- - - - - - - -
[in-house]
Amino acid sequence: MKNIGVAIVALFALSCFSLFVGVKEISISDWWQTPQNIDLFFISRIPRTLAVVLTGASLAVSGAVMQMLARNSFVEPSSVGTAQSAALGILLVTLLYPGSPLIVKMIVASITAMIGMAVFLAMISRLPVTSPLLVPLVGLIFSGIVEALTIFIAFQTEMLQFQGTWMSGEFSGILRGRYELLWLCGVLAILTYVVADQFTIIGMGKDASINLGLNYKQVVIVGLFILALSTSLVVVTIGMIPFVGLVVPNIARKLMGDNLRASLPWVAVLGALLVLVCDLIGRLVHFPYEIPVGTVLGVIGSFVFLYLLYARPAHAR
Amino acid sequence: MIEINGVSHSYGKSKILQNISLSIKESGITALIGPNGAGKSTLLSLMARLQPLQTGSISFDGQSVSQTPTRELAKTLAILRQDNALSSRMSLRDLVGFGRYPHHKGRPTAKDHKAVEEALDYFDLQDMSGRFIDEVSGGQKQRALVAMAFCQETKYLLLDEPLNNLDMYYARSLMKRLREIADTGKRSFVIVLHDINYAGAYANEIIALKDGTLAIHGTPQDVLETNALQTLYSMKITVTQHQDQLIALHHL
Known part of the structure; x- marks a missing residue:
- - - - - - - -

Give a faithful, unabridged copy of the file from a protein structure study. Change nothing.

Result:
[in-house]
Amino acid sequence: MKNIGVAIVALFALSCFSLFVGVKEISISDWWQTPQNIDLFFISRIPRTLAVVLTGASLAVSGAVMQMLARNSFVEPSSVGTAQSAALGILLVTLLYPGSPLIVKMIVASITAMIGMAVFLAMISRLPVTSPLLVPLVGLIFSGIVEALTIFIAFQTEMLQFQGTWMSGEFSGILRGRYELLWLCGVLAILTYVVADQFTIIGMGKDASINLGLNYKQVVIVGLFILALSTSLVVVTIGMIPFVGLVVPNIARKLMGDNLRASLPWVAVLGALLVLVCDLIGRLVHFPYEIPVGTVLGVIGSFVFLYLLYARPAHAR
Amino acid sequence: MIEINGVSHSYGKSKILQNISLSIKESGITALIGPNGAGKSTLLSLMARLQPLQTGSISFDGQSVSQTPTRELAKTLAILRQDNALSSRMSLRDLVGFGRYPHHKGRPTAKDHKAVEEALDYFDLQDMSGRFIDEVSGGQKQRALVAMAFCQETKYLLLDEPLNNLDMYYARSLMKRLREIADTGKRSFVIVLHDINYAGAYANEIIALKDGTLAIHGTPQDVLETNALQTLYSMKITVTQHQDQLIALHHL
Known part of the structure; x- marks a missing residue: